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Major Quakes in Last Decade Not Linked, Study Finds

World map shows 105 years of earthquakes.
More than 100 years of earthquakes glow on a world map. (Image credit: John Nelson, IDV Solutions. )

The cluster of major earthquakes that struck the globe during the past decade can be explained by nothing more than random chance, researchers say in a new study.

Since 2004, devastating quakes have rocked Sumatra, Chile, Haiti and Japan, leading to speculation that we might be living in an age of great earthquakes, similar to a global cluster of temblors seen in the 1960s. Some researchers have even suggested that large quakes are linked across the globe, possibly triggering each other.

"We were curious as to whether or not earthquakes 'communicate' at global distances,"researcher Tom Parsons, a seismologist at the U.S. Geological Survey in Menlo Park, Calif., told OurAmazingPlanet.

To see if the quake clusters of the 1960s and 2000s were part of a pattern, researchers looked at the timing between the world's largest earthquakes — magnitude 8.3 and above — at one-year intervals during the past 100 years. They compared these real quakes with simulated lists of large quakes with intervals between these quakes that one might expect from random processes. [Video: What Earthquake 'Magnitude' Means]

The timing seen between real-life large quakes was similar to what might be expected from randomness, the researchers found.

"The cluster seen in the last decade can be ruled out as random chance," Parsons said. "Yes, it's odd, but not anything one might not expect from a random process, where this kind of clustering is quite typical. If you think about flipping a coin multiple times, the pattern isn't just heads-tails-heads-tails — there are typically a few of each in a row."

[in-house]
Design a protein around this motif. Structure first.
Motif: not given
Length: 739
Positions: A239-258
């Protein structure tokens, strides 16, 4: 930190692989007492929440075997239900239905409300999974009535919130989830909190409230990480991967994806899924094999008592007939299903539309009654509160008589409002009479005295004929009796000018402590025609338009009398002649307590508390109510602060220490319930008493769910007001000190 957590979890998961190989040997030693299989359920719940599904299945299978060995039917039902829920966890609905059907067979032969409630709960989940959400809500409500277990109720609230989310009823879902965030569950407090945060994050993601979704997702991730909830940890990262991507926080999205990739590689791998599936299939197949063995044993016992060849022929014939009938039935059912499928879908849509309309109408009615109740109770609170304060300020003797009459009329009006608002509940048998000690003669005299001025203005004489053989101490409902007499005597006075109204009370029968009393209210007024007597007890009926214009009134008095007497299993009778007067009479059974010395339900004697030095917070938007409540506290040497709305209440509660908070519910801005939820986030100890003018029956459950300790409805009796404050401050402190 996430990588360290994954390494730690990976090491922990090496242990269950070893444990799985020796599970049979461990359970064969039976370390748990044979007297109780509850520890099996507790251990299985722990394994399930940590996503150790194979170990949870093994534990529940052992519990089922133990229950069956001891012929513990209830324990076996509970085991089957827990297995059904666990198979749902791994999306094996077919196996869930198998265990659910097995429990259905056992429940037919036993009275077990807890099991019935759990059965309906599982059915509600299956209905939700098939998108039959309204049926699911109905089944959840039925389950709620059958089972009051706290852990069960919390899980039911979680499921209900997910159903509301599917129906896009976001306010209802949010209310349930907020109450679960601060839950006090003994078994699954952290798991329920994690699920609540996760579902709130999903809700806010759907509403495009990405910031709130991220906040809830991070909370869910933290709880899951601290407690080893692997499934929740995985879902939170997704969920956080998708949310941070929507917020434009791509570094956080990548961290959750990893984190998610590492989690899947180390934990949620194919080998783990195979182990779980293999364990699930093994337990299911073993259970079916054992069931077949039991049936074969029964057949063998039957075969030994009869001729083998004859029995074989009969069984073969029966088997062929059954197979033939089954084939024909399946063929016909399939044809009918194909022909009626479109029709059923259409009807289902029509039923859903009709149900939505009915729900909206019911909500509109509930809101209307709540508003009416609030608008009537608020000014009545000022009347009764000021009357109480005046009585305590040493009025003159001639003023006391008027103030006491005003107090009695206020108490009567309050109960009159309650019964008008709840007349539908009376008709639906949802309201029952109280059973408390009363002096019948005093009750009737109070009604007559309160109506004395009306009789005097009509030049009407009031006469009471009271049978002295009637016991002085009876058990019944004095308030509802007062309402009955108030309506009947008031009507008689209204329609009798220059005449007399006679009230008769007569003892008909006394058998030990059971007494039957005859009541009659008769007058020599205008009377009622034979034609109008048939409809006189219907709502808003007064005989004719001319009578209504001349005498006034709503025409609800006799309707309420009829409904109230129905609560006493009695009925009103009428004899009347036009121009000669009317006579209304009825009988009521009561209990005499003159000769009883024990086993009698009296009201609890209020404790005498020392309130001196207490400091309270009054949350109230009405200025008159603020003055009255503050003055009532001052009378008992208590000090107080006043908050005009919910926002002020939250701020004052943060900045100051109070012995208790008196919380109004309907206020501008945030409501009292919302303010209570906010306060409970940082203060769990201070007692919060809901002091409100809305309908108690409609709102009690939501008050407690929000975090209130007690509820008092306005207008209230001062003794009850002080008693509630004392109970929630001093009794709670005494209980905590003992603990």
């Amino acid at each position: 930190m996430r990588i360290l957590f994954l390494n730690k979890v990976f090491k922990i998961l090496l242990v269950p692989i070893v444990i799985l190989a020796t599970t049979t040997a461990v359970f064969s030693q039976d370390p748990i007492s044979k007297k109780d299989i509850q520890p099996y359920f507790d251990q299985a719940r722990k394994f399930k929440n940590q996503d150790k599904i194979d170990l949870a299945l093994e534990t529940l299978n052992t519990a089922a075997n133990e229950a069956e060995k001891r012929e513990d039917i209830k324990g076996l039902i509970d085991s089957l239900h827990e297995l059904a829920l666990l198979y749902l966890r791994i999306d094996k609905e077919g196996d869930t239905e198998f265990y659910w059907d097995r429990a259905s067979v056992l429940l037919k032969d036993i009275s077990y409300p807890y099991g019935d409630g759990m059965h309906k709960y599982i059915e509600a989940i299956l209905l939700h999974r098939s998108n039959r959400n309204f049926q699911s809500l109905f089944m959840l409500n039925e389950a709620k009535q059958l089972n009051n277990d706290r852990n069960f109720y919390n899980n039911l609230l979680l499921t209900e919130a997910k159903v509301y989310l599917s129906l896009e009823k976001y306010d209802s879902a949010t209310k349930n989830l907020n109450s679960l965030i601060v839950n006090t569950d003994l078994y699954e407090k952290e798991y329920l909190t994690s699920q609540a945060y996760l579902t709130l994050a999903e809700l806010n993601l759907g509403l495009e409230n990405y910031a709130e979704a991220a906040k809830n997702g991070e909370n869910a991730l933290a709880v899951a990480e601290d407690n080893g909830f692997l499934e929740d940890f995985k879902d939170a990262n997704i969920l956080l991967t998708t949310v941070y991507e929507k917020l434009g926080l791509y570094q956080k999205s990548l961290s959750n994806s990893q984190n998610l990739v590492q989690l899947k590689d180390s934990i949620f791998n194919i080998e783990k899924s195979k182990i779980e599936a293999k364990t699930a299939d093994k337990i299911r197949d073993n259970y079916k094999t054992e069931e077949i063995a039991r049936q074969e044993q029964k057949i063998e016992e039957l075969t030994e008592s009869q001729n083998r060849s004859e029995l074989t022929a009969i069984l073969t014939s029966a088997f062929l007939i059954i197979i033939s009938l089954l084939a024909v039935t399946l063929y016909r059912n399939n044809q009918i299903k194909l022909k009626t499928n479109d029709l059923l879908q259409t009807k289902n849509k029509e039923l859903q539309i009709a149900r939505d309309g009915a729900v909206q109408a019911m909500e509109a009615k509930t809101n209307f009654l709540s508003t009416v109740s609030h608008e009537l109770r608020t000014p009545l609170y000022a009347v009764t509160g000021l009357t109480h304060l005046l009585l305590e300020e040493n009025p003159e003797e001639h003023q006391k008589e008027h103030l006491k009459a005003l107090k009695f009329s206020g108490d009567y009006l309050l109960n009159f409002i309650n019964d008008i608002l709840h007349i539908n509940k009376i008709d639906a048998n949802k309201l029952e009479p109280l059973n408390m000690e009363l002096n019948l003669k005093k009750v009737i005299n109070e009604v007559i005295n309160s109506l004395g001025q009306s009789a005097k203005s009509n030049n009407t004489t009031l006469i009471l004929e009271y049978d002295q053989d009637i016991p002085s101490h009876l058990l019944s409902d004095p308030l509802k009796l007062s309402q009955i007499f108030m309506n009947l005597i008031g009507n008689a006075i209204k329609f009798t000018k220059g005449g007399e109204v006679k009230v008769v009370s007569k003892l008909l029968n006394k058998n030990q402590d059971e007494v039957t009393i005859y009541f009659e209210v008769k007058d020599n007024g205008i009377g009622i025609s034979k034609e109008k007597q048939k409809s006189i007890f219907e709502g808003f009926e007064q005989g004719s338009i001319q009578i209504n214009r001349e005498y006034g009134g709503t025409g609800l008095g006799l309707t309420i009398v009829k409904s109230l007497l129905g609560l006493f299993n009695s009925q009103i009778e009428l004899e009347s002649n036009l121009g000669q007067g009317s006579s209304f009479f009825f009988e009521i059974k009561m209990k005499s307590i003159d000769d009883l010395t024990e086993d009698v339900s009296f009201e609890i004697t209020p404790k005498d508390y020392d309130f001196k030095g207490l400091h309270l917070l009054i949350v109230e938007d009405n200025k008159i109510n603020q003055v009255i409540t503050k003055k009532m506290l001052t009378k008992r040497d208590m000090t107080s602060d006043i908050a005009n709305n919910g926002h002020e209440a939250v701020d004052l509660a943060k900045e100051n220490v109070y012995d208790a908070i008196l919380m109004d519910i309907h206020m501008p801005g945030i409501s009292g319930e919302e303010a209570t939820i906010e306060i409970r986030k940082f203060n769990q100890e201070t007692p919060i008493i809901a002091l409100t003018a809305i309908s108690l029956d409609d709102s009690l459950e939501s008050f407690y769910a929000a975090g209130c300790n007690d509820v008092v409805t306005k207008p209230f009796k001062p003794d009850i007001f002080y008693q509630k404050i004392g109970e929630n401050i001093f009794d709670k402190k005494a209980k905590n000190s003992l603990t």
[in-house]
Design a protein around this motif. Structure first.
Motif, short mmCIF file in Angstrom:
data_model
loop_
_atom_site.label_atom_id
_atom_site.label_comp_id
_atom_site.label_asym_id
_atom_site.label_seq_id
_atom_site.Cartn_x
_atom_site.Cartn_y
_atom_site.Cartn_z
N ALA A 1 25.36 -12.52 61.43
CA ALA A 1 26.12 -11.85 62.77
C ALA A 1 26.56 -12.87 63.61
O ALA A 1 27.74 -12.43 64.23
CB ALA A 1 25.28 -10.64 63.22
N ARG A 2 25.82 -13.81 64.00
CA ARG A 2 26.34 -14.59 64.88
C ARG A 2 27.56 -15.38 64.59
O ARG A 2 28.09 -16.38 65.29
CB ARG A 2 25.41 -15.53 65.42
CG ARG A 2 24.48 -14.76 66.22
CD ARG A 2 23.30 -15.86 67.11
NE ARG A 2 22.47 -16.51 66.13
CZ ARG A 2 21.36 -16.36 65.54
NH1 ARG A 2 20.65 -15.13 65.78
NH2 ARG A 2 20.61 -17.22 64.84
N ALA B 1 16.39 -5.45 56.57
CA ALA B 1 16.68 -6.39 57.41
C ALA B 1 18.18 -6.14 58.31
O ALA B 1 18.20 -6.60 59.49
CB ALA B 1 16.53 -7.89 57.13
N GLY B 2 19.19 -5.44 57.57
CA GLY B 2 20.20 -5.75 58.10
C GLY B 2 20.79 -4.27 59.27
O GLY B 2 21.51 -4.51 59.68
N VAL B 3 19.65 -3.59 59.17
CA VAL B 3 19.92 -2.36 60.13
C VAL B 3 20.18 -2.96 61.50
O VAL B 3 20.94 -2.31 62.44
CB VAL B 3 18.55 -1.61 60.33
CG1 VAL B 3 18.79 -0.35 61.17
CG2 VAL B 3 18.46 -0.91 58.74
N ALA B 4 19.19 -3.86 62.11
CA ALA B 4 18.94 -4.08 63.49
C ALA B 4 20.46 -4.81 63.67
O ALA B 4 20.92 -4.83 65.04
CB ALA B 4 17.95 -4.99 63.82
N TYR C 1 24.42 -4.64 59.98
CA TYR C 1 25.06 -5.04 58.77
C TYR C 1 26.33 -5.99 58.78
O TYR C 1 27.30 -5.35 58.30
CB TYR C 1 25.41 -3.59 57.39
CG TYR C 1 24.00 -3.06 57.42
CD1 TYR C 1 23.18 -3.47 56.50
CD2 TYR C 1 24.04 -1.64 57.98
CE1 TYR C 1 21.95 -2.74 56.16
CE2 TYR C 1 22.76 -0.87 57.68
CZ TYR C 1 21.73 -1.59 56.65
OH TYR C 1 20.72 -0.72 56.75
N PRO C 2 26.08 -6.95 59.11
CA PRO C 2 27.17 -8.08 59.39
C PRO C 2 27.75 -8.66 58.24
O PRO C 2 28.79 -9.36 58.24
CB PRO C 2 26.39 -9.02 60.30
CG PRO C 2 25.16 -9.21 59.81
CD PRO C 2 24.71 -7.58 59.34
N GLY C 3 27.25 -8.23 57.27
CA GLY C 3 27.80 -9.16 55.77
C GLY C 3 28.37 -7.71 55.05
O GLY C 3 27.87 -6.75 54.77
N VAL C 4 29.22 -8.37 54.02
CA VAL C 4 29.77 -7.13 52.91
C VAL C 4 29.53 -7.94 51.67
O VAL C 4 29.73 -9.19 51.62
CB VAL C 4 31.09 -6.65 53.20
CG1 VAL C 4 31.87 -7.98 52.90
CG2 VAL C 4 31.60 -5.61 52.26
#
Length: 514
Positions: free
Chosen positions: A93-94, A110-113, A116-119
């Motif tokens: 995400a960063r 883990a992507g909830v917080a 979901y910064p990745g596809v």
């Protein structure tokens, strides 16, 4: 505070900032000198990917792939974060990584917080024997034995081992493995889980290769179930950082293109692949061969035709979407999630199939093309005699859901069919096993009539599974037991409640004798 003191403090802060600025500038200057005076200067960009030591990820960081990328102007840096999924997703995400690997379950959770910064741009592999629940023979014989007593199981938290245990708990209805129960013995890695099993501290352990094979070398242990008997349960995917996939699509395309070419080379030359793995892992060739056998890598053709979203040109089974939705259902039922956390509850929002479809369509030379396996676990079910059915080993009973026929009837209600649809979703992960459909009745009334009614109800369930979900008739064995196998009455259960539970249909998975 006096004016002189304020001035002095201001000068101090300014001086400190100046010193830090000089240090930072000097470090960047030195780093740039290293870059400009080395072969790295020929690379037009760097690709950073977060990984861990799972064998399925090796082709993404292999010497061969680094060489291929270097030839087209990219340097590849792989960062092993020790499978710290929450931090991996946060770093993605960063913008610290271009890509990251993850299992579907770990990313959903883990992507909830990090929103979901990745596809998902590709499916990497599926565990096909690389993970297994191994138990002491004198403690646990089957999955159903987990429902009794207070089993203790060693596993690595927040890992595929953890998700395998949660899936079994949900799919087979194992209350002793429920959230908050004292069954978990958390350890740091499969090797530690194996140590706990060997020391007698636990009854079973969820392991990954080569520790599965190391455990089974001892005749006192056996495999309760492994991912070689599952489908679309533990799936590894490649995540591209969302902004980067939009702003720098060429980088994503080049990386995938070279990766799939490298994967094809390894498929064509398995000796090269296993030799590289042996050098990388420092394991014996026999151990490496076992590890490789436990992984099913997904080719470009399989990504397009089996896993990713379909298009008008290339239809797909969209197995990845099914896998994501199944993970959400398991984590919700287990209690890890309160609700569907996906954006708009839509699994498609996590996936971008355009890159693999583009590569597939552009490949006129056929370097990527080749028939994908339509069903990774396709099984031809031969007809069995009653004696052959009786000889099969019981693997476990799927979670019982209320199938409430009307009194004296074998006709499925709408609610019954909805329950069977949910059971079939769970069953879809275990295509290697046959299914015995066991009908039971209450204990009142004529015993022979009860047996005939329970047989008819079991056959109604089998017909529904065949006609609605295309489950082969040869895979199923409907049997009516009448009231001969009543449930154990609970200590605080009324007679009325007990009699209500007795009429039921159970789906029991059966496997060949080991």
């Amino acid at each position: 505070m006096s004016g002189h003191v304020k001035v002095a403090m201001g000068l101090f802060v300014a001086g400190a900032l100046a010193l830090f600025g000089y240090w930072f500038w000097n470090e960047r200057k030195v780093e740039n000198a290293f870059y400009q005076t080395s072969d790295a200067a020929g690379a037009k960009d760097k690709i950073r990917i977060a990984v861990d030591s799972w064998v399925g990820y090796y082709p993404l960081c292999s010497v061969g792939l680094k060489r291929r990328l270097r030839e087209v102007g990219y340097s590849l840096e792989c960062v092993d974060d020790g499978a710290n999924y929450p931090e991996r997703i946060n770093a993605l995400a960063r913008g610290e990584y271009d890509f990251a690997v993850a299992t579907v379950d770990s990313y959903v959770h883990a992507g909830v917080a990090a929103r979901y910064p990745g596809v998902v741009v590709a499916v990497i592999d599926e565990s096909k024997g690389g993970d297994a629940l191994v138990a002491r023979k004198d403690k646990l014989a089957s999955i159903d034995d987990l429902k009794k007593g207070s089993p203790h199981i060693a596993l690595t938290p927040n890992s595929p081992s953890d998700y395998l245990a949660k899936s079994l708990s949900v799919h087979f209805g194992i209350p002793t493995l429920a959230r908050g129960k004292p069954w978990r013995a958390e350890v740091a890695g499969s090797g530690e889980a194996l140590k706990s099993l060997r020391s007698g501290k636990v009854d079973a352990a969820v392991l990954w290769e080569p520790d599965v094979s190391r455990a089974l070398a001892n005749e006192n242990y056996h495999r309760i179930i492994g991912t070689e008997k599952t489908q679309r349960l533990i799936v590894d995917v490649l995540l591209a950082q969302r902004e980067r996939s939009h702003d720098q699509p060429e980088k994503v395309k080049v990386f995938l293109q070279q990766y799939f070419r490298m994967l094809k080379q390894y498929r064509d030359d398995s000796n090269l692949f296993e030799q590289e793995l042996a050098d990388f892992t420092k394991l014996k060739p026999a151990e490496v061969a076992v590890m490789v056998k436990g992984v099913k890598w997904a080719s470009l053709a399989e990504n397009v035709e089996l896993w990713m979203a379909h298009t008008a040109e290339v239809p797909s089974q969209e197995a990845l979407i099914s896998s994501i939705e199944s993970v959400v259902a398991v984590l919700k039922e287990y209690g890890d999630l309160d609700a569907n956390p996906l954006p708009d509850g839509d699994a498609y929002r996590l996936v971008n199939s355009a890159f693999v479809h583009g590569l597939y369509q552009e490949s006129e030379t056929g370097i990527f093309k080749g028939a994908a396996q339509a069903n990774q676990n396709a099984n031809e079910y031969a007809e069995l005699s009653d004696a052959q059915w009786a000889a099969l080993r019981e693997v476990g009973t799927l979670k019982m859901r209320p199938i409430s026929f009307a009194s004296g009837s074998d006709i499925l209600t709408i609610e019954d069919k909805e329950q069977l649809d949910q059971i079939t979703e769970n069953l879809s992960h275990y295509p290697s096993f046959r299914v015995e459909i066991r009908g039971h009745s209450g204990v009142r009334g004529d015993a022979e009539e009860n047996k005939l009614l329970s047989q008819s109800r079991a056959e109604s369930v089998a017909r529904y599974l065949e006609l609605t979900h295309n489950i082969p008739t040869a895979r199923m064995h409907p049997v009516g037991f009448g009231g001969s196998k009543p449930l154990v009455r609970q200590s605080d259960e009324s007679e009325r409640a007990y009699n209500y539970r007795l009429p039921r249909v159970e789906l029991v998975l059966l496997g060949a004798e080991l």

These findings might disappoint some, because if large quakes were influencing others across the globe, such activity might give scientists a way to predict whether more quakes were on the way.

Still, "I could say that it's not actually disappointing — if quakes were communicating at global distances, after a big quake, the entire planet would essentially be an aftershock zone," Parsons said. "Every time there was a quake in Sumatra, my hazard might go up if I was in Europe. That appears to not be the case, which is overall good news."

Curiously, past research has shown that smaller earthquakes do apparently communicate at global distances. "After big quakes, you do see lots of micro-tremors all over the planet, but for some reason they don't seem to grow into big earthquakes," Parsons said. "We want to learn more about why some earthquakes grow big and why they don't."

Parsons and his colleague Eric Geist detailed their findings online today (Aug. 2) in the Bulletin of the Seismological Society of America.

This story was provided by OurAmazingPlanet, a sister site to LiveScience.

Charles Q. Choi
Charles Q. Choi
Charles Q. Choi is a contributing writer for Live Science and He covers all things human origins and astronomy as well as physics, animals and general science topics. Charles has a Master of Arts degree from the University of Missouri-Columbia, School of Journalism and a Bachelor of Arts degree from the University of South Florida. Charles has visited every continent on Earth, drinking rancid yak butter tea in Lhasa, snorkeling with sea lions in the Galapagos and even climbing an iceberg in Antarctica.